Bisphosphonate Associated Osteonecrosis (BONJ) is a serious intra oral complication that every dentist should be aware of in their clinical practice.
Bisphosphonate-Associated Osteonecrosis of the Jaw: An update for clinical practice
Bisphosphonates are a class of drugs prescribed to help with the treatment and prevention of resorptive bone diseases such as osteoporosis. These drugs are also prescribed to help with conditions that cause bone fragility or bone destruction as a result of bone metastasis associated with breast and prostate cancers. Second and third generation bisphosphonates such as Zometa (zoledronate), Reclast (zoledronate), Aredia (pamidronate), Boniva (ibandronate), Actonel (risedronate) and Fosamax (alendronate) are the drugs most commonly seen in clinical practice that may be associated with BONJ. Second and third generation bisphosphonates inhibit enzymes that are involved with osteoclastic bone resorption. These class of drugs can be taken by mouth or intravenously. When taken parenterally (IV) the bioavailability is higher which can increase the incidence of BONJ. The literature reports the occurrence of Biphosphonate Associated Osteonecroiss to be anywhere from .08 – 20 % (a wide range) for those taking these drugs IV. The oral intake of bisphophonates reports an incidence of less than .05%. Although the occurrence of BONJ with oral bisphonates is very low, the complication is still a possibility and should be taken under consideration. Fosamax is a very commonly prescribed oral bisphosphonate that we will often come across as dental professionals.
Clinicians should always review a complete and thorough medical history with their patients and take note of this class of drugs. The timeline of when these medications were first prescribed and whether they were taken IV or orally is important information to ascertain in the initial examination. There are also reports that the concurrent use of steroids with bisphophonates can be an added risk factor for BONJ. Most case reports of BONJ have involved a traumatic dental procedure such as an extraction, however several case reports exist where patients taking these drugs have developed spontaneous BONJ without a known dental cause. Endodontic therapy is preferred over extraction for most patients with a history of IV bisphosphonate use. Surgical procedures are reported to have an increased risk for these patients and should be avoided if possible. For non-restorable teeth, removing the clinical crown and treating the roots endodontically with a coronal seal may be advisable as opposed to extracting the tooth. In developing a treatment plan for patients with a history of IV bisphosphonate use, consultation with the patient’s medical team and an oral surgeon are also recommended.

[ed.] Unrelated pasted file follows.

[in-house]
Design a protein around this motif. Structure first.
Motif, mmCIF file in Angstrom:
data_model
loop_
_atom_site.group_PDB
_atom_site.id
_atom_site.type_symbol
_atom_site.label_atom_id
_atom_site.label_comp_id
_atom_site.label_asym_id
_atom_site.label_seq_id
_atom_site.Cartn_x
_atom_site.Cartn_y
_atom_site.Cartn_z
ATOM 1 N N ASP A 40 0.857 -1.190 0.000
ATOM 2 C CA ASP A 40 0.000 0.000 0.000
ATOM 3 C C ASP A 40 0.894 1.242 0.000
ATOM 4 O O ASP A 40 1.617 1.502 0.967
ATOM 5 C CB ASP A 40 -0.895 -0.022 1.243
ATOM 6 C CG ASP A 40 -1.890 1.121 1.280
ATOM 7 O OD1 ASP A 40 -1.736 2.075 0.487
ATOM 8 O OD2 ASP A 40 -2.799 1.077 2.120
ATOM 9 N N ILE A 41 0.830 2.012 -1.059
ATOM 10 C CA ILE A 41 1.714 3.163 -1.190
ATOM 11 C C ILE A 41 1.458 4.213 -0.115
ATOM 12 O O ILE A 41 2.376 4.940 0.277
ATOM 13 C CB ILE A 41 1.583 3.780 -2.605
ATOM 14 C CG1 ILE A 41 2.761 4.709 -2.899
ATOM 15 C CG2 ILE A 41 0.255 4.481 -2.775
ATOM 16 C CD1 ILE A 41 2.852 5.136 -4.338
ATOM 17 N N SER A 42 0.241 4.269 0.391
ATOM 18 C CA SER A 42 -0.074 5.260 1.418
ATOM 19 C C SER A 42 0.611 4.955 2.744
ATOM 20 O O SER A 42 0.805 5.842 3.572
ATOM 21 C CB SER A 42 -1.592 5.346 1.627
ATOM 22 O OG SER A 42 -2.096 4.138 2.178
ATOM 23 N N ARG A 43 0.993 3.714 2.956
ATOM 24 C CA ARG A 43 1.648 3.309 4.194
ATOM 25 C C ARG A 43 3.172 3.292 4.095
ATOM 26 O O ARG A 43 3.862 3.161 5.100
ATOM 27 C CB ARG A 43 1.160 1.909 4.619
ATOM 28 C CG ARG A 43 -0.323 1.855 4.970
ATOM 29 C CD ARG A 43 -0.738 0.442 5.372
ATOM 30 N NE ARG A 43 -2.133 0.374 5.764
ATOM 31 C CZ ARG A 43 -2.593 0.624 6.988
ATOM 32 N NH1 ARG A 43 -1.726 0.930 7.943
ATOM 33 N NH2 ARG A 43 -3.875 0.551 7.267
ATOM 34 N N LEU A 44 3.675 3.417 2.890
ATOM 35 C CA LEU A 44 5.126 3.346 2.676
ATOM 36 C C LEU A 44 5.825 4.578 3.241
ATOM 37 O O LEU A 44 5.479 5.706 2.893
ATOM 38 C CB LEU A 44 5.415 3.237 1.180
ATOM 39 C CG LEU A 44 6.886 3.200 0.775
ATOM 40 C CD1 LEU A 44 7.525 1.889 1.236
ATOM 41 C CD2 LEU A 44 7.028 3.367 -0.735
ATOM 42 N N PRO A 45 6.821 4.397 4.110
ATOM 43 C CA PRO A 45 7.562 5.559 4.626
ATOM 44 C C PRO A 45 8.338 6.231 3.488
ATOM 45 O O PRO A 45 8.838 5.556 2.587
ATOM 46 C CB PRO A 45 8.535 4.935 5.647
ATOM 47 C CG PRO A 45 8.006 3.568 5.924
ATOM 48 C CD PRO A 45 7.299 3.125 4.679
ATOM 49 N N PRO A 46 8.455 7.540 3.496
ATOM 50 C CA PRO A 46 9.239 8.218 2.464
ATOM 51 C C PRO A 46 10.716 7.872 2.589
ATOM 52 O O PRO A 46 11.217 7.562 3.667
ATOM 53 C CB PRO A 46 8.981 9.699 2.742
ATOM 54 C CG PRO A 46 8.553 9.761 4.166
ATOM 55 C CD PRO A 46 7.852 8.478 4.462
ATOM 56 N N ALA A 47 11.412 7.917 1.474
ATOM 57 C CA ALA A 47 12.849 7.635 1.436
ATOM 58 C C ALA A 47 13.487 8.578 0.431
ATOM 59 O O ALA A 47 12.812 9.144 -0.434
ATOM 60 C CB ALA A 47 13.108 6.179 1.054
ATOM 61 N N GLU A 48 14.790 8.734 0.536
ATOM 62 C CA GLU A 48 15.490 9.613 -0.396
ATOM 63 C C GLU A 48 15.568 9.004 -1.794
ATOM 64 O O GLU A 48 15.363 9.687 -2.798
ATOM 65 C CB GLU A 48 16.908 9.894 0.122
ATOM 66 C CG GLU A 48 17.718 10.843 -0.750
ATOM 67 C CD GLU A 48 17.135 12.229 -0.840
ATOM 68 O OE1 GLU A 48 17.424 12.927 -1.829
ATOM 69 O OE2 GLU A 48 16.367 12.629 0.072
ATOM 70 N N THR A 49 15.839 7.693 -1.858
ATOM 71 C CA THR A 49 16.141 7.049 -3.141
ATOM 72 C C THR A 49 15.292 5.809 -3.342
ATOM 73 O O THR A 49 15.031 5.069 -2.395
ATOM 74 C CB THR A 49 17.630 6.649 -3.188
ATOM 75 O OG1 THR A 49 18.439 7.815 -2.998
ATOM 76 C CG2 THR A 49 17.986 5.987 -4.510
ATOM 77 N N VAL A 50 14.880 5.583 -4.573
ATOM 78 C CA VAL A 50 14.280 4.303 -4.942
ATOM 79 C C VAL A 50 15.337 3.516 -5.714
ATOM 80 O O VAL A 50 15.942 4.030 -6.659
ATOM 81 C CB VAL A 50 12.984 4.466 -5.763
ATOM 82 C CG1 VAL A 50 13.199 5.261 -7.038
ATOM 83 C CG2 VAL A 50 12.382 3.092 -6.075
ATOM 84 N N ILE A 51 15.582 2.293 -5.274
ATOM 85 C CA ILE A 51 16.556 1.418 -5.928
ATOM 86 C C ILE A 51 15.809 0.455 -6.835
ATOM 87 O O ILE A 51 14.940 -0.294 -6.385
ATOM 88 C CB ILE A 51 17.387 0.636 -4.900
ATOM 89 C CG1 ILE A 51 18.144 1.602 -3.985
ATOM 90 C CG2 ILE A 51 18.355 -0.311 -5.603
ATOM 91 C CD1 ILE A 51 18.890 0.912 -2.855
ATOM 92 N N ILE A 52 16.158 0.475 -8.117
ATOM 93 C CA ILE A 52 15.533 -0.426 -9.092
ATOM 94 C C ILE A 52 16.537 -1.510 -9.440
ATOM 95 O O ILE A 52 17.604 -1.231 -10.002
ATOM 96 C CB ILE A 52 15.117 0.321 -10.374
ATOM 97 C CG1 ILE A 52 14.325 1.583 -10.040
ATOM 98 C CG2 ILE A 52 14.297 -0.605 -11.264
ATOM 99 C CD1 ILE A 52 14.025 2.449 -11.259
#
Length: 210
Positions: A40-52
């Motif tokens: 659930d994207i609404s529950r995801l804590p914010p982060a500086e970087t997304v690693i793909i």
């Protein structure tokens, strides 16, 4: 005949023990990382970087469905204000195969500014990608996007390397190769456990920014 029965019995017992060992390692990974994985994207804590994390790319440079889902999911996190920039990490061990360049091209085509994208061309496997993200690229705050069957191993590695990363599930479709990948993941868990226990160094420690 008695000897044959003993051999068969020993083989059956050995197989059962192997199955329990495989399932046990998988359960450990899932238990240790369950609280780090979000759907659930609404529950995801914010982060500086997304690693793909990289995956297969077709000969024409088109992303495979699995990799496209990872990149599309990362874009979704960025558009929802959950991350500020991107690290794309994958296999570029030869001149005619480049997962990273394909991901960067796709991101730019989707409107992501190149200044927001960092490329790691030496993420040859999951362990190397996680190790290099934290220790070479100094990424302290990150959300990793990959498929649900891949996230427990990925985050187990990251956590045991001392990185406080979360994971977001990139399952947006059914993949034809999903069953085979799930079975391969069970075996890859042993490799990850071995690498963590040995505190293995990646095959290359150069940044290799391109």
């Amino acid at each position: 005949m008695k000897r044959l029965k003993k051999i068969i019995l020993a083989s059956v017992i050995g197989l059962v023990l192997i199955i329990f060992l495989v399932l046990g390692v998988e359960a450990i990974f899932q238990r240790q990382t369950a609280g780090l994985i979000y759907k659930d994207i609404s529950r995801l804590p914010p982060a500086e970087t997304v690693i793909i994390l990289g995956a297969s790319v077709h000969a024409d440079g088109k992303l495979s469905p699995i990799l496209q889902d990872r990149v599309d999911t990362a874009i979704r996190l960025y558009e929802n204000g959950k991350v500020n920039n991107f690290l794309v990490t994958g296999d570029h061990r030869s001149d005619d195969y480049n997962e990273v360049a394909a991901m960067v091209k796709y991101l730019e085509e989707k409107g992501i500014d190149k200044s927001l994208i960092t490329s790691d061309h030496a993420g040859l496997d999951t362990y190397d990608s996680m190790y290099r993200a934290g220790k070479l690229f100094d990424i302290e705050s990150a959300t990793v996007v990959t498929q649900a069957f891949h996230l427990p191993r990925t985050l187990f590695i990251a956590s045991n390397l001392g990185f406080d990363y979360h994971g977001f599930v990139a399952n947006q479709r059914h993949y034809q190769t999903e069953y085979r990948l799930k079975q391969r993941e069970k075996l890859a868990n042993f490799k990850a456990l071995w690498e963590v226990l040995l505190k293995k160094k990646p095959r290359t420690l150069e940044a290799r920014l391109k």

Bisphophonate associated osteonecrosis tends to appear in the mandible more often than the maxilla. An ulcerative lesion is usually evident with underlying exposed bone. The bone becomes infected causing pain and at times swelling. The necrosis is usually refractory and can be very difficult to treat. Treatment modalities used for radiation induced necrosis are not always helpful with cases of BONJ. There are screening tests available for the purpose of assessing a patients susceptibility for BONJ, however the literature I have come across questions the validity and benefit of these screening procedures.
As clinicians we must have a sound knowledge of our patients medical history before moving forward with any treatment. I hope this blog helps provide information about the Bisphosphonate class of drugs so that we can make the best treatment decisions for our patients. Further information on the AAE’s position statement can be downloaded HERE.
**In writing this blog, much of the information was originally published by the AAE in their Colleagues for Excellence, Fall 2012 edition
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